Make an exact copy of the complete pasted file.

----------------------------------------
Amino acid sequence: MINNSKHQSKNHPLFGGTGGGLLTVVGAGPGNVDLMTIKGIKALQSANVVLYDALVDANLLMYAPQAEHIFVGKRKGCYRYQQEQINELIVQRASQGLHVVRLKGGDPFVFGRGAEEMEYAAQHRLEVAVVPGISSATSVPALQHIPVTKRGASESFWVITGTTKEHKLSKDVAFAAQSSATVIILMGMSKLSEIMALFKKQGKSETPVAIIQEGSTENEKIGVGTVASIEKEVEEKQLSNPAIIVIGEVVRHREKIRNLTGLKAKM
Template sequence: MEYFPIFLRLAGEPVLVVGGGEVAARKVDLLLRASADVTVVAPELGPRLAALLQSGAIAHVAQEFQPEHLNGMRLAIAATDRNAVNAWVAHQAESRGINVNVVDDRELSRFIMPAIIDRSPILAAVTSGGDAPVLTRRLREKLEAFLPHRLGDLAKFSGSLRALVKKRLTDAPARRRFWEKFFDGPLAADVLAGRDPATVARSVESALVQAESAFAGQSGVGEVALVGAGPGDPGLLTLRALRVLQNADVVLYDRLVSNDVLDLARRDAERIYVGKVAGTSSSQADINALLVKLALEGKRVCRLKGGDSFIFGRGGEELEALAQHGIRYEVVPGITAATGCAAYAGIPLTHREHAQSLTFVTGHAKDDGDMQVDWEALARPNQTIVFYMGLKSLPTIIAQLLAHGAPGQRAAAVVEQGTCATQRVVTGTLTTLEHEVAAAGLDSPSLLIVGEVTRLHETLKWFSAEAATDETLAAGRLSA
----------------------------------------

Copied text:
Amino acid sequence: MINNSKHQSKNHPLFGGTGGGLLTVVGAGPGNVDLMTIKGIKALQSANVVLYDALVDANLLMYAPQAEHIFVGKRKGCYRYQQEQINELIVQRASQGLHVVRLKGGDPFVFGRGAEEMEYAAQHRLEVAVVPGISSATSVPALQHIPVTKRGASESFWVITGTTKEHKLSKDVAFAAQSSATVIILMGMSKLSEIMALFKKQGKSETPVAIIQEGSTENEKIGVGTVASIEKEVEEKQLSNPAIIVIGEVVRHREKIRNLTGLKAKM
Template sequence: MEYFPIFLRLAGEPVLVVGGGEVAARKVDLLLRASADVTVVAPELGPRLAALLQSGAIAHVAQEFQPEHLNGMRLAIAATDRNAVNAWVAHQAESRGINVNVVDDRELSRFIMPAIIDRSPILAAVTSGGDAPVLTRRLREKLEAFLPHRLGDLAKFSGSLRALVKKRLTDAPARRRFWEKFFDGPLAADVLAGRDPATVARSVESALVQAESAFAGQSGVGEVALVGAGPGDPGLLTLRALRVLQNADVVLYDRLVSNDVLDLARRDAERIYVGKVAGTSSSQADINALLVKLALEGKRVCRLKGGDSFIFGRGGEELEALAQHGIRYEVVPGITAATGCAAYAGIPLTHREHAQSLTFVTGHAKDDGDMQVDWEALARPNQTIVFYMGLKSLPTIIAQLLAHGAPGQRAAAVVEQGTCATQRVVTGTLTTLEHEVAAAGLDSPSLLIVGEVTRLHETLKWFSAEAATDETLAAGRLSA